Through its political arm, the American Action Network (AAN), Coleman's group plans to spend a reported $25 million to run ads around 8 to 10 Senate races, and 25 House races this year, the former senator told National Journal. And it will be helped by January's Citizens United decision, which said that corporations can spend unlimited amounts on ads that directly advocate the election or defeat of candidates. "We'll use the tools available to us in the post-Citizens United [world]," he told National Journal.
The group has assembled an impressive coterie of Republican power players. It was the brainchild of Fred Malek, the influential Washington GOP operative who, as a young aide in the Nixon White House, agreed to the president's request that he count the number of Jews then working for the Bureau of Labor Statistics. Also on the group's board are former Republican senators George Allen and Mel Martinez, and former House members Jim Nussle, Vin Weber, and Susan Molinari. Haley Barbour, Jeb Bush, and Ed Gillespie also are reportedly involved. And the group's executive director, Rob Collins, is a former chief of staff to Rep. Eric Cantor, the GOP whip.
In an interview with TPMmuckraker, Collins downplayed American Action's plans to get involved in congressional races, describing the group as "primarily a policy organization," and stressing that no decisions had been made on which races it would seek to influence. "We're still working on some of the more logistical ends of the operation," he said.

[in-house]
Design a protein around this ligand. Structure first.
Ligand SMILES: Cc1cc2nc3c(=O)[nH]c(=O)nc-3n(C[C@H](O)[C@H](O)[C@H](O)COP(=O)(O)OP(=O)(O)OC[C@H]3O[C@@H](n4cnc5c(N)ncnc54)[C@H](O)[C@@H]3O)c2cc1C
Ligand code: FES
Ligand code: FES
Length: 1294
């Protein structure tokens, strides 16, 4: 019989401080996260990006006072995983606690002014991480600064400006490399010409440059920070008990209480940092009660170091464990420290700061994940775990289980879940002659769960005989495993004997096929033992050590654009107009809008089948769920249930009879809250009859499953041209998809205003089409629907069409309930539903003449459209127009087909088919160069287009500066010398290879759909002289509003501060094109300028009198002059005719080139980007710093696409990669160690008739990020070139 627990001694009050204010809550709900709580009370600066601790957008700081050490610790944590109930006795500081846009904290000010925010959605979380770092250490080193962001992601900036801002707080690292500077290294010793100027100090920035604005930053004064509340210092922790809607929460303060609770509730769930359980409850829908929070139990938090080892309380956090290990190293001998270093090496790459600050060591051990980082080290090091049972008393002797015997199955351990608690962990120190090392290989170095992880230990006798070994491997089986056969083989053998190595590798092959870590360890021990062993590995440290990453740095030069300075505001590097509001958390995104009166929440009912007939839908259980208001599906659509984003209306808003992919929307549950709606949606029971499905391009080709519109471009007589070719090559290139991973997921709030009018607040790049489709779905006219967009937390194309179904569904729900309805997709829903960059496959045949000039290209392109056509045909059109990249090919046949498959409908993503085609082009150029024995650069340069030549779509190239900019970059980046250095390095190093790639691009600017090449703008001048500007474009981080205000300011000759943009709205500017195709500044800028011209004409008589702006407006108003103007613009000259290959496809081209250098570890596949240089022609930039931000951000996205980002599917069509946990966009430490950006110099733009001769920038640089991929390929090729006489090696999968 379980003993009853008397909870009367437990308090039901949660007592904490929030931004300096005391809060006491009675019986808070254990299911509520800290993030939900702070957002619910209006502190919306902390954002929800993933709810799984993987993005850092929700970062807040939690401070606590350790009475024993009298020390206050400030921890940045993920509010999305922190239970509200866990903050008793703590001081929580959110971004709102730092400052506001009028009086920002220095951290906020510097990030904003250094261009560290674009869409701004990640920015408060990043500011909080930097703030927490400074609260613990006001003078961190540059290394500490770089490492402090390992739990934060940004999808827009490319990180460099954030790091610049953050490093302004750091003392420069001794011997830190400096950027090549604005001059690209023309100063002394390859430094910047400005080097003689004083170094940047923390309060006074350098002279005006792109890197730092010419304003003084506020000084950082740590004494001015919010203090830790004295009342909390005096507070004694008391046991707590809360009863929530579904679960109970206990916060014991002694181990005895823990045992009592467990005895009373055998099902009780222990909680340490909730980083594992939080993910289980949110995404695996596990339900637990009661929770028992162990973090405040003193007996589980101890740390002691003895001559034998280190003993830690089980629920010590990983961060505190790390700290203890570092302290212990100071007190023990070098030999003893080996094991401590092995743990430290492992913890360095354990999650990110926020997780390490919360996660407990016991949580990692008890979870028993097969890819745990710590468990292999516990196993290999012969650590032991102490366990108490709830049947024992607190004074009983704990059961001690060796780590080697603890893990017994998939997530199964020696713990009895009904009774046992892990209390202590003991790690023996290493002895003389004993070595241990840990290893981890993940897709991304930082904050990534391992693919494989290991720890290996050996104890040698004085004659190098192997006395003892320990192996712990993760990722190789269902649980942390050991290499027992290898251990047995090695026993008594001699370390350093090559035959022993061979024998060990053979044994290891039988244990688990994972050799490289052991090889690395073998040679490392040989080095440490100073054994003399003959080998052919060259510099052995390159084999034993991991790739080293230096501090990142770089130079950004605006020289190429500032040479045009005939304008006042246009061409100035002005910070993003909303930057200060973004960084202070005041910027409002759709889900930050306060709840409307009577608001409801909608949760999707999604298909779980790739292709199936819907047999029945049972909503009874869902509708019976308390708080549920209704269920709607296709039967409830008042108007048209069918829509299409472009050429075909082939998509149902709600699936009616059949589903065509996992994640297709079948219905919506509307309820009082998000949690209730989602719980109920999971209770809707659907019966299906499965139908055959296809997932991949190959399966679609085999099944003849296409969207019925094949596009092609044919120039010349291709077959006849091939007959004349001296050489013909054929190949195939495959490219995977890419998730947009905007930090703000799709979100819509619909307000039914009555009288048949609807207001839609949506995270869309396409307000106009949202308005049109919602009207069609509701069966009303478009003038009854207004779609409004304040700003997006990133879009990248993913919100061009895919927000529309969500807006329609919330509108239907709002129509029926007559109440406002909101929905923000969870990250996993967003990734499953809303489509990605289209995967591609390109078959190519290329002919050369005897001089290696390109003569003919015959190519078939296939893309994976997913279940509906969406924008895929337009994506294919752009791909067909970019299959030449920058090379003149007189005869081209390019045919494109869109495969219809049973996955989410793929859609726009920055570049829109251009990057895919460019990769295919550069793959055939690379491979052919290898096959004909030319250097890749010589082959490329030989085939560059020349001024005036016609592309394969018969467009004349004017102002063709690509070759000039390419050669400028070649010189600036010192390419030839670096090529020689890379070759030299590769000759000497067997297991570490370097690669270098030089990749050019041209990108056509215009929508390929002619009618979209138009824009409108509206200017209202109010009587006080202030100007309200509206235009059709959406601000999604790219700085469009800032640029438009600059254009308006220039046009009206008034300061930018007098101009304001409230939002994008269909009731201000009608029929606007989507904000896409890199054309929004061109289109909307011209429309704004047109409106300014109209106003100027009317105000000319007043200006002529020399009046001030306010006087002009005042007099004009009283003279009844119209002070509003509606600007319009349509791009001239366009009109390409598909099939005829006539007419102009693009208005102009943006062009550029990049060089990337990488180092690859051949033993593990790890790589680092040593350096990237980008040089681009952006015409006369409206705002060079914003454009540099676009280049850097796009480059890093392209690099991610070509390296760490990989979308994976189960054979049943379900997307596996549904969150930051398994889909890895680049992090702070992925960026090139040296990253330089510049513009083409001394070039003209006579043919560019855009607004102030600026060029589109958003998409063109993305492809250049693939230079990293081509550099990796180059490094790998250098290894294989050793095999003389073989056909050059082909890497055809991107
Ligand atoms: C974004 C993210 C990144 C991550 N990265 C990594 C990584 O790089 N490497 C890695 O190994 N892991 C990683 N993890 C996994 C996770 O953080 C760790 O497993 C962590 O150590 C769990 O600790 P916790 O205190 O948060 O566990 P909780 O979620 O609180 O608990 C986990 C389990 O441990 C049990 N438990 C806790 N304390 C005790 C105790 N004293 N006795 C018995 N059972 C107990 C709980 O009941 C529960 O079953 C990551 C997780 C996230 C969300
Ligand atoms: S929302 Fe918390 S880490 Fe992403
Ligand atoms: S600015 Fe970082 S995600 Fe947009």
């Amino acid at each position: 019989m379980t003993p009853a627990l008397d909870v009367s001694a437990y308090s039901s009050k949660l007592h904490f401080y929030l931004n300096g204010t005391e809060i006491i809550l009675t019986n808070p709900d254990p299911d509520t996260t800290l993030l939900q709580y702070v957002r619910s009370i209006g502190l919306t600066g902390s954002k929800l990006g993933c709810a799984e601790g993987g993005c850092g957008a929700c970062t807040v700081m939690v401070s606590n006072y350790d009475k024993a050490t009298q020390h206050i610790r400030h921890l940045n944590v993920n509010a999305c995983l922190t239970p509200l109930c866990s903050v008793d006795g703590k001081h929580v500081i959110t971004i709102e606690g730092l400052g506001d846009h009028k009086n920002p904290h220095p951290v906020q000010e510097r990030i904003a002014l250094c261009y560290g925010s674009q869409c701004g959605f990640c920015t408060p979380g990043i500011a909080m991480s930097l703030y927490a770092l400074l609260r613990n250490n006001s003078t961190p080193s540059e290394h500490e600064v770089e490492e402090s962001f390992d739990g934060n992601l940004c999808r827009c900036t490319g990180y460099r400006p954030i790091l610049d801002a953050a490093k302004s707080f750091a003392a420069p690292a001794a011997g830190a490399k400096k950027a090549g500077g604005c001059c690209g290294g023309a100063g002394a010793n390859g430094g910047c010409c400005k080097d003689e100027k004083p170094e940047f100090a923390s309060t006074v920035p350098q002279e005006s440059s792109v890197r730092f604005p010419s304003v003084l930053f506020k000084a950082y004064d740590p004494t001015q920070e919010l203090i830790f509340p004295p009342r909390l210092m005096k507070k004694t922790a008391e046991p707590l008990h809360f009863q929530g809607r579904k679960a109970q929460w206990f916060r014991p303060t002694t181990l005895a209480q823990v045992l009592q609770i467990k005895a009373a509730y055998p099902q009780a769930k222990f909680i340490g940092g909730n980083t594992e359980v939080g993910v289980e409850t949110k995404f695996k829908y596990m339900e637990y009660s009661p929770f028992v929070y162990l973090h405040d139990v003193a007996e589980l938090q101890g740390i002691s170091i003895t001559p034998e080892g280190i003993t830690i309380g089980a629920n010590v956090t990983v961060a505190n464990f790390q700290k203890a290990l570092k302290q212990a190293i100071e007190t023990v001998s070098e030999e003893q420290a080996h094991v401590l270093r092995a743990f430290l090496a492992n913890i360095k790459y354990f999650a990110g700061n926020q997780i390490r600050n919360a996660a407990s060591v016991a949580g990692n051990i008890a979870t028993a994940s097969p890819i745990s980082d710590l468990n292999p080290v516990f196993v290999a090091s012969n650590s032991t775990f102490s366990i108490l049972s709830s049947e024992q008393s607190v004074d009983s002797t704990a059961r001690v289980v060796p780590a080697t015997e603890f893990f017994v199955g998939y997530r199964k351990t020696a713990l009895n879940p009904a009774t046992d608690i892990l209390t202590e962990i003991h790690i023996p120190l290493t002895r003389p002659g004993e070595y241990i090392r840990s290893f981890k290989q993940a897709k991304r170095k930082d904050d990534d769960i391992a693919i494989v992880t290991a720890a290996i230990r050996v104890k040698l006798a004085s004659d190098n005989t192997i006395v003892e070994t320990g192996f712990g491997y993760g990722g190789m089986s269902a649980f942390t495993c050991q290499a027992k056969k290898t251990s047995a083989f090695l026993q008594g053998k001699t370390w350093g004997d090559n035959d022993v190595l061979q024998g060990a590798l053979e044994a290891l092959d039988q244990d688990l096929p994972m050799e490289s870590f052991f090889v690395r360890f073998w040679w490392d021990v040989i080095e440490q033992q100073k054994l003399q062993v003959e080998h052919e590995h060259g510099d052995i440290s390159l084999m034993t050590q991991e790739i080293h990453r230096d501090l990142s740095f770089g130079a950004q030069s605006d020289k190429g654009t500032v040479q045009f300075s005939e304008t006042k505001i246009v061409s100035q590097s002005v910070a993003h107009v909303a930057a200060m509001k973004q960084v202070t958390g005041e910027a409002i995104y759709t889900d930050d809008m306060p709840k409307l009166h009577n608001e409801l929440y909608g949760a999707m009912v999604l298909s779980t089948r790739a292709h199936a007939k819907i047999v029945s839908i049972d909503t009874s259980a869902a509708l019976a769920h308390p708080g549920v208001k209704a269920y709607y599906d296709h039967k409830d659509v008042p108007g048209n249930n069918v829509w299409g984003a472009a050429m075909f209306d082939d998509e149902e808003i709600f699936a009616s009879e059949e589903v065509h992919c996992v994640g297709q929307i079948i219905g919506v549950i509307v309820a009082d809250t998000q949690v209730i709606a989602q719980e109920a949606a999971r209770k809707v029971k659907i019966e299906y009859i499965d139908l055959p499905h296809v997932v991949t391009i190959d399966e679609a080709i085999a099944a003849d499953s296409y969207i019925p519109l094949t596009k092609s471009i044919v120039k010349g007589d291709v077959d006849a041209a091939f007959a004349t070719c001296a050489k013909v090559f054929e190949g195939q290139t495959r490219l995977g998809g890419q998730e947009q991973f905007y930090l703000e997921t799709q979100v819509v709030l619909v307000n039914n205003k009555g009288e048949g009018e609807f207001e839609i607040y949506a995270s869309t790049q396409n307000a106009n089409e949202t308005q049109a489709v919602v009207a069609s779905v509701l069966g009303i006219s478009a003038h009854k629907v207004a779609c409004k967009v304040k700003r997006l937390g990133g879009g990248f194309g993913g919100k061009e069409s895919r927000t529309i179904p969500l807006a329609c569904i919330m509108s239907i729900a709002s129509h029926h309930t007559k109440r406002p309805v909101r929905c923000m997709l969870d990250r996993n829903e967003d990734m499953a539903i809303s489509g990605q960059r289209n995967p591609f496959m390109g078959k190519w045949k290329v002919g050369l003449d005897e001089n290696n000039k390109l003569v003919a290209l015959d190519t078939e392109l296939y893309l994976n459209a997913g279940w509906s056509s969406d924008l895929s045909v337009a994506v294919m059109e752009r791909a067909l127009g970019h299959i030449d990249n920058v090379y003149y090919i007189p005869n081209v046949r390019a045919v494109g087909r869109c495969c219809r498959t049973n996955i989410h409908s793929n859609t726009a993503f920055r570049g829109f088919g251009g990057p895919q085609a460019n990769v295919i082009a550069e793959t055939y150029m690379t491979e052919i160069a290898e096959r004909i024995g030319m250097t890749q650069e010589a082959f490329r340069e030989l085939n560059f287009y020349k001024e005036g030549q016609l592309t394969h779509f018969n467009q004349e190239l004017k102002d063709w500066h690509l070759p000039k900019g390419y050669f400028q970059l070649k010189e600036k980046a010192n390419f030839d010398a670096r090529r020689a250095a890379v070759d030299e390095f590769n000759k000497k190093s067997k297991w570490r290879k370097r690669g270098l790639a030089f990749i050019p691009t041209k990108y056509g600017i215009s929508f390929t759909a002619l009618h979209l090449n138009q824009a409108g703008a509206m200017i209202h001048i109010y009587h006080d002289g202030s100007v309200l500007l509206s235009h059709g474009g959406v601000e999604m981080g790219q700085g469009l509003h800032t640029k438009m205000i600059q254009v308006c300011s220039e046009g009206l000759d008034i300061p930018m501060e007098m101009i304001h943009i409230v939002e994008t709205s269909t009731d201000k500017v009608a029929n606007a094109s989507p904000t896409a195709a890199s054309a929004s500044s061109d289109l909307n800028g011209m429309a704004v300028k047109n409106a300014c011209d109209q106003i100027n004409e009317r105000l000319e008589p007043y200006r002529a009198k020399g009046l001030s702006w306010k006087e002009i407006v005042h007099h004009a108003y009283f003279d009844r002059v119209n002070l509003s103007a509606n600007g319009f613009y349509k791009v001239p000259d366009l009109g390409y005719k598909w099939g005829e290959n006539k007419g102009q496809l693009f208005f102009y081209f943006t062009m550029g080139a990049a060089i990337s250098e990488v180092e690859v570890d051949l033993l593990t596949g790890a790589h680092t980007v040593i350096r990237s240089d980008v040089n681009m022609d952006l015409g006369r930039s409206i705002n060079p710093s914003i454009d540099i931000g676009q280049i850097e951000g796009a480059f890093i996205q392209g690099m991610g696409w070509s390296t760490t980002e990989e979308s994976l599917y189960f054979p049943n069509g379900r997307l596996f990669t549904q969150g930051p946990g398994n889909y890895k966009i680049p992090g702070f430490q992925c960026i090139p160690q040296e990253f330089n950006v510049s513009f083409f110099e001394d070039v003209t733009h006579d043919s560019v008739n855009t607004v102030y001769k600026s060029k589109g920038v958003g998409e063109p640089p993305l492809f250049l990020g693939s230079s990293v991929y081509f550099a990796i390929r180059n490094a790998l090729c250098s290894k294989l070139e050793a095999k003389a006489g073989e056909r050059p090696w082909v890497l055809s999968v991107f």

Collins declined to provide information on the group's funding, saying that, like groups across the political spectrum, it doesn't reveal its donors. That raises the possibility that AAN could conceivably function, like the Chamber of Commerce may do, as a way for corporations to direct unlimited funds to support or oppose specific candidates, without the money being tied to them.
AAN released a poll today finding a dead heat in the Pennsylvania House race for the seat previously held by the late John Murtha. Collins said AAN was considering running ads in the race, which is between Democrat Mark Critz and Republican Tim Burns.
As for its plans to take advantage of the Citizens United decision, Collins said: "We will comply with the law."